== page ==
Q:

Can you help me pick out a pair of binoculars?

I want to upgrade from a cheap pair of compact binoculars. Assuming I had a pile of money burning its way out of my pocket, would I see much difference between a pair of Nikon Travelites and Leica Trinovids? Also, are there any other models I should look at (through)? Joe Lawrenceville, Georgia

Sep 18, 2003
Outside
Outside Magazine
A: Well, let's put it this way: the $85 Nikon 8x25 (magnification power of eight, front lens diameter of 25 millimeters) Travelites are perfectly good for everyday use, light birding, sightseeing from the car, and that sort of thing. But, cost aside, they are in a different league from the Leica Trinovid 8x32 BNs ($800). Yes, you'd definitely see the difference in sharpness (especially on the edges) and color saturation. This model will also likely last much longer due to its superior construction. They are, in a word, superb glasses.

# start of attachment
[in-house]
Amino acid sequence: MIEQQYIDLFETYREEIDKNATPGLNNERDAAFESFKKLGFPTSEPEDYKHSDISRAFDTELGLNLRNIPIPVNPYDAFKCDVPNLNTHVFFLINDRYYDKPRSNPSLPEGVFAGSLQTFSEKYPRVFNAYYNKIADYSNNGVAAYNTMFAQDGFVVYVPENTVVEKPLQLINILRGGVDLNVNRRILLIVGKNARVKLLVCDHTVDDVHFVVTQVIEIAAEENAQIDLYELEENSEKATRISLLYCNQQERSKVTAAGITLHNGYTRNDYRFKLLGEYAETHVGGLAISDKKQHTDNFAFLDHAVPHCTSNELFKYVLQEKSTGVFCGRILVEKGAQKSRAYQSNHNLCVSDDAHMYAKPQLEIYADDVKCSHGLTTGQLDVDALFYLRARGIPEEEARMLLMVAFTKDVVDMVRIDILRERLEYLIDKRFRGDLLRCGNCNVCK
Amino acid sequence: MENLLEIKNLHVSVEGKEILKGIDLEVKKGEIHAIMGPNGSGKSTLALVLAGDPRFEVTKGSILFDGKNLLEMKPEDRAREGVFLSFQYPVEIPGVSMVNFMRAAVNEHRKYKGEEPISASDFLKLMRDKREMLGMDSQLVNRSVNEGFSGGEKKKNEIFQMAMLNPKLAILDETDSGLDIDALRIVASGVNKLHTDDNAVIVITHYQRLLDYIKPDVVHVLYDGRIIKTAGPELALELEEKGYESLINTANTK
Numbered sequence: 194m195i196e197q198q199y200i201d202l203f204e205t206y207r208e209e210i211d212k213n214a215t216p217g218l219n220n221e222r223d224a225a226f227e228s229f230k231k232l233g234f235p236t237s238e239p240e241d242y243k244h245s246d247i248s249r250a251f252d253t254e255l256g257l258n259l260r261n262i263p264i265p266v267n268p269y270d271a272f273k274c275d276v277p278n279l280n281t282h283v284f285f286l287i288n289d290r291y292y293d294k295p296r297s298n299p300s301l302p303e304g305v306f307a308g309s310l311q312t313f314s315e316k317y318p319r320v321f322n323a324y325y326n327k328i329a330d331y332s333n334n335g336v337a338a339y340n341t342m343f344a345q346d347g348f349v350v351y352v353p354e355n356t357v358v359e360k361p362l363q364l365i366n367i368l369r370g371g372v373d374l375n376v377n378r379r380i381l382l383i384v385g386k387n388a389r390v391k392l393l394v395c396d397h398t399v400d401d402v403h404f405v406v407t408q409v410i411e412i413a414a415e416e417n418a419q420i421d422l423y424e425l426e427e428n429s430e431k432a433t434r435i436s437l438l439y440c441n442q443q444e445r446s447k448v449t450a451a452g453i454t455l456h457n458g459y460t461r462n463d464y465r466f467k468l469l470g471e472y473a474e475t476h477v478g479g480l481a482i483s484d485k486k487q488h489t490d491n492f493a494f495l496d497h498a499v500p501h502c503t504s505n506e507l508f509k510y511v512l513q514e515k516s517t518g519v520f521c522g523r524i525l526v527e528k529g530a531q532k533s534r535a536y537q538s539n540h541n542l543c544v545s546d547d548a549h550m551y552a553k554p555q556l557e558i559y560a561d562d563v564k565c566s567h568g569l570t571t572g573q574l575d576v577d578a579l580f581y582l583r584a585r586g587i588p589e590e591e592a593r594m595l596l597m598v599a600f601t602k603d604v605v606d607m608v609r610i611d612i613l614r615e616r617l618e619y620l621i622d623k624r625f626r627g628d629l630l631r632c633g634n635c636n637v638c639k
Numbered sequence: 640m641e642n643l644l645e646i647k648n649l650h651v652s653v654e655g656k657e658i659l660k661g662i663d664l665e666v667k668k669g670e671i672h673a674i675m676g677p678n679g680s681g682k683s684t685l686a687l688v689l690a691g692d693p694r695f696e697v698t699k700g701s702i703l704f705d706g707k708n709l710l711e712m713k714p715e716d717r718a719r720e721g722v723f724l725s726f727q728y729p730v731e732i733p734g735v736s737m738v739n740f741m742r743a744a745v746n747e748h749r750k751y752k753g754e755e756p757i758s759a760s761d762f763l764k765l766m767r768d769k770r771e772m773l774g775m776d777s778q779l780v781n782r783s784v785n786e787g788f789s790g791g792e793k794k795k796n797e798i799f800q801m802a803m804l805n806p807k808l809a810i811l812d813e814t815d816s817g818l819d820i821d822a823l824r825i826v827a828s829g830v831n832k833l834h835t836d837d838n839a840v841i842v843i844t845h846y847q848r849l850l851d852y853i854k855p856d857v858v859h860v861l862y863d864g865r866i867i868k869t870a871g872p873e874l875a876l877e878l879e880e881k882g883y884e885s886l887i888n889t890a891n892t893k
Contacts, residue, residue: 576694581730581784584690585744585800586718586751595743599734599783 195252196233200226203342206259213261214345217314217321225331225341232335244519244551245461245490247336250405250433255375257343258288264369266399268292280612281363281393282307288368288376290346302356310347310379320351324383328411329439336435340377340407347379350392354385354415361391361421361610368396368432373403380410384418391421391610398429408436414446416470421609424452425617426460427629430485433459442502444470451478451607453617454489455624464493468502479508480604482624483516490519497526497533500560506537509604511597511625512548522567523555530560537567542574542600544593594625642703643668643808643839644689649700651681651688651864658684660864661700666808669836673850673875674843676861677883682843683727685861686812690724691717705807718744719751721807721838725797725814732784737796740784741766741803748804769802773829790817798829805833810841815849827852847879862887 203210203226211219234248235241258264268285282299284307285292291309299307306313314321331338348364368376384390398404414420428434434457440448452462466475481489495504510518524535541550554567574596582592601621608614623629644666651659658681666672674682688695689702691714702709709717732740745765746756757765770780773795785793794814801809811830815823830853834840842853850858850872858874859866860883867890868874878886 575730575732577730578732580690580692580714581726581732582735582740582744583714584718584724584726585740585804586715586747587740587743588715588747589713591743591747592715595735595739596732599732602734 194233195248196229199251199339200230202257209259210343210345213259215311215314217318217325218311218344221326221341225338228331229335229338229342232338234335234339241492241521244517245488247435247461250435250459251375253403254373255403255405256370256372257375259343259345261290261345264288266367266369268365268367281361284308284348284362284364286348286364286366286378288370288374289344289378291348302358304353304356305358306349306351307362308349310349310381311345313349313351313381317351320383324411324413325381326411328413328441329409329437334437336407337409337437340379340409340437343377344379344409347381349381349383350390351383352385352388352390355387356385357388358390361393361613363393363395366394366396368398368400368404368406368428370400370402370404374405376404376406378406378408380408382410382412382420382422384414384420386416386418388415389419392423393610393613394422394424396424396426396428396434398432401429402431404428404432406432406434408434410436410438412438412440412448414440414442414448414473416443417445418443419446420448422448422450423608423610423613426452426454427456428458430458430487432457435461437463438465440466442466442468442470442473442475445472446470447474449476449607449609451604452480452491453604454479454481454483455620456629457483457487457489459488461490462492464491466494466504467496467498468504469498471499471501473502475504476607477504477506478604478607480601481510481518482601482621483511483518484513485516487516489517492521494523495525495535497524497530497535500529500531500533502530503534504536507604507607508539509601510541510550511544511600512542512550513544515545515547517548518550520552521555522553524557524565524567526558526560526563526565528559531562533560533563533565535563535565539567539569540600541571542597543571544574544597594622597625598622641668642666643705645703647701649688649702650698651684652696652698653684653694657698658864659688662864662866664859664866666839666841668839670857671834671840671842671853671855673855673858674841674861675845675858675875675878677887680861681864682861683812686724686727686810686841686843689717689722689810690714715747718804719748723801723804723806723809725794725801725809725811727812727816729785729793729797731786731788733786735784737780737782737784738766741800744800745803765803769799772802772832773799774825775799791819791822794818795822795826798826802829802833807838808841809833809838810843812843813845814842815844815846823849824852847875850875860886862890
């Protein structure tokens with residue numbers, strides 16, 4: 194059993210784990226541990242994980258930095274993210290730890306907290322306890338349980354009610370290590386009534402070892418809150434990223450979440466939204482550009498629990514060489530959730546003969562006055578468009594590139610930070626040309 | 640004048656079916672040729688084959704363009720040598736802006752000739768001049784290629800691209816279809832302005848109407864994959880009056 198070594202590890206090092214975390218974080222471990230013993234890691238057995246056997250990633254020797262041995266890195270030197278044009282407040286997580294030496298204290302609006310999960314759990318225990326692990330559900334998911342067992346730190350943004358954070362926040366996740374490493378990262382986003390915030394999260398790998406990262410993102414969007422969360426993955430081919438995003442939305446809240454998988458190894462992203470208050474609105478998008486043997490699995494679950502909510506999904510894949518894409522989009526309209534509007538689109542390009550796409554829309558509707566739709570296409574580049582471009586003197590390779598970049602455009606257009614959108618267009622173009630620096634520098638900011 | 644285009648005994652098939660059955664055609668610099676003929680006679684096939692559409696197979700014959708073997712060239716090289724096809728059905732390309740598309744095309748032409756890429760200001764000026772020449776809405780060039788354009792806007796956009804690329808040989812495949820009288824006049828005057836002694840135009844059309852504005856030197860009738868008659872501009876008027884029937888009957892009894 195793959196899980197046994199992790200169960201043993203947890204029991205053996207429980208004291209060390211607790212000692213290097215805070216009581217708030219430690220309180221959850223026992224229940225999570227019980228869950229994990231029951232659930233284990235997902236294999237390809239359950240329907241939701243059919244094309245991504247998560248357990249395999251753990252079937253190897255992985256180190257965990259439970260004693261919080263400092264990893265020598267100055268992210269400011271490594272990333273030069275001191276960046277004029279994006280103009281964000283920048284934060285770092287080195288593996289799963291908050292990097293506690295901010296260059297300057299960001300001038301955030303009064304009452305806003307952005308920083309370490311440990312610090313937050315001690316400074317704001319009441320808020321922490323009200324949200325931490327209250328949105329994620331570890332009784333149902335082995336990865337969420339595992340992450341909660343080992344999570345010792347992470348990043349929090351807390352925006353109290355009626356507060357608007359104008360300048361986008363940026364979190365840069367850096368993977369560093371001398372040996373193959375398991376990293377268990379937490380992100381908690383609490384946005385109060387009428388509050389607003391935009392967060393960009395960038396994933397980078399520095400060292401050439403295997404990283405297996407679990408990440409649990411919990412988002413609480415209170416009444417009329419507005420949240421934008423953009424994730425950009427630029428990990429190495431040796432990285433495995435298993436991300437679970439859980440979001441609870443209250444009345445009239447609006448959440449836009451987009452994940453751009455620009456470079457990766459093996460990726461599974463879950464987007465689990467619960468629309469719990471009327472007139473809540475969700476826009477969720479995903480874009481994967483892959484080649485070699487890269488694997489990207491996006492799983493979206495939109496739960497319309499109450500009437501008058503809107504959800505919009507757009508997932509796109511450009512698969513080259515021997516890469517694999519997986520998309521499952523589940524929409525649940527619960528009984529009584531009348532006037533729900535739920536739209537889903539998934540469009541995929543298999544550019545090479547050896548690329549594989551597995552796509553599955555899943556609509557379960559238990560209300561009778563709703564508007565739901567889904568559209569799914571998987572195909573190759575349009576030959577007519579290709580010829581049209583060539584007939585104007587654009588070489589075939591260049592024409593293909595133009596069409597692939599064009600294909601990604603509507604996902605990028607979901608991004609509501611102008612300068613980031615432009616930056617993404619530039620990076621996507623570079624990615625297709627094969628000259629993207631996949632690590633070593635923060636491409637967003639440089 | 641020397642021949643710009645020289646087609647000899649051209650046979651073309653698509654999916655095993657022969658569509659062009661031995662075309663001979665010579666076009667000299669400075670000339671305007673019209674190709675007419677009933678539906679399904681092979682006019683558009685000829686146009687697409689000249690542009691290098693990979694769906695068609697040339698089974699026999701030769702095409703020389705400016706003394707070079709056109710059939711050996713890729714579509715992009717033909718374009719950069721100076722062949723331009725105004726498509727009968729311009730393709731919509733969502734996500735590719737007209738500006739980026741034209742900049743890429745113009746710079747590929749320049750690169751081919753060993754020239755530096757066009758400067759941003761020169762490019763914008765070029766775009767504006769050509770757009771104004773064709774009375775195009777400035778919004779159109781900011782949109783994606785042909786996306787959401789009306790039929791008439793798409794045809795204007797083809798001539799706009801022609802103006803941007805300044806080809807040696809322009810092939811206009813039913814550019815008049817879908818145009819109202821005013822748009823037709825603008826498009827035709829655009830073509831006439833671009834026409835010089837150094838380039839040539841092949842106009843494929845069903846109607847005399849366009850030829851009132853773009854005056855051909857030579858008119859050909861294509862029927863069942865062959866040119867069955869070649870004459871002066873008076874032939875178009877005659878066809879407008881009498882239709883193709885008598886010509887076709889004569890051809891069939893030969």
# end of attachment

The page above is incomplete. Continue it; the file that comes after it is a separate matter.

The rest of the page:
However, the Travelites represent the low end of the market, the Leicas the high. So, look to the middle ground, my friend. Bausch & Lomb makes a nifty little range of compact binoculars called the Discoverer Series, with very good optics and excellent construction. You're looking at about $300 for the 7x42 model; $340 for the 10x42s. Steiner, meanwhile, makes binoculars that compete well with the Leicas of the world in terms of optical quality, but at a price that won't cause a nosebleed. The 10x30 Steiner Predator, for instance, goes for $400.

In any event, seeing is believing. Find a store that carries a good range of binoculars and look through five or six pairs across the range of prices. Get a salesperson who can talk you through the pros and cons of the different models. A lot will depend on what feels right to you: binoculars that fit comfortably in your hand and across your eyes, that have controls in the right places, and that seem to offer a good balance between economy and performance.

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